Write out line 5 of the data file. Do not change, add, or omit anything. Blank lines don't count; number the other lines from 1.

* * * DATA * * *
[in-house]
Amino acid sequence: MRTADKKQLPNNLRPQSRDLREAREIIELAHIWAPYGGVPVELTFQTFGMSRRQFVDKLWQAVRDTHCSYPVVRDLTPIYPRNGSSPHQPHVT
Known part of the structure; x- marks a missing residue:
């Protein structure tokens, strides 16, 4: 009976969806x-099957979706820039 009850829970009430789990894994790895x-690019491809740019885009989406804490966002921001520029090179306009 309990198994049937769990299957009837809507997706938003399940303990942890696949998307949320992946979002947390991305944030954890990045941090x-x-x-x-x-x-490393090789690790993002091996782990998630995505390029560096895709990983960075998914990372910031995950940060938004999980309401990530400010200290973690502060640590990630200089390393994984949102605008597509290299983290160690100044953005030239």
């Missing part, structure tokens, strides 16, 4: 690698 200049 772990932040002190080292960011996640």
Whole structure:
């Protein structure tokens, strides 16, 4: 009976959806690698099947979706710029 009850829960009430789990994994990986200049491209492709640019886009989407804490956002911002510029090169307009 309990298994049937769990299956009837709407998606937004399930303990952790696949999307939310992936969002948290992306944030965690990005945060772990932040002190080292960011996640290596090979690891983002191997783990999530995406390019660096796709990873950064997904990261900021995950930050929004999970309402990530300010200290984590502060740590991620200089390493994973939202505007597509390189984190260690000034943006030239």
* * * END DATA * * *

């Missing part, structure tokens, strides 16, 4: 690698 200049 772990932040002190080292960011996640």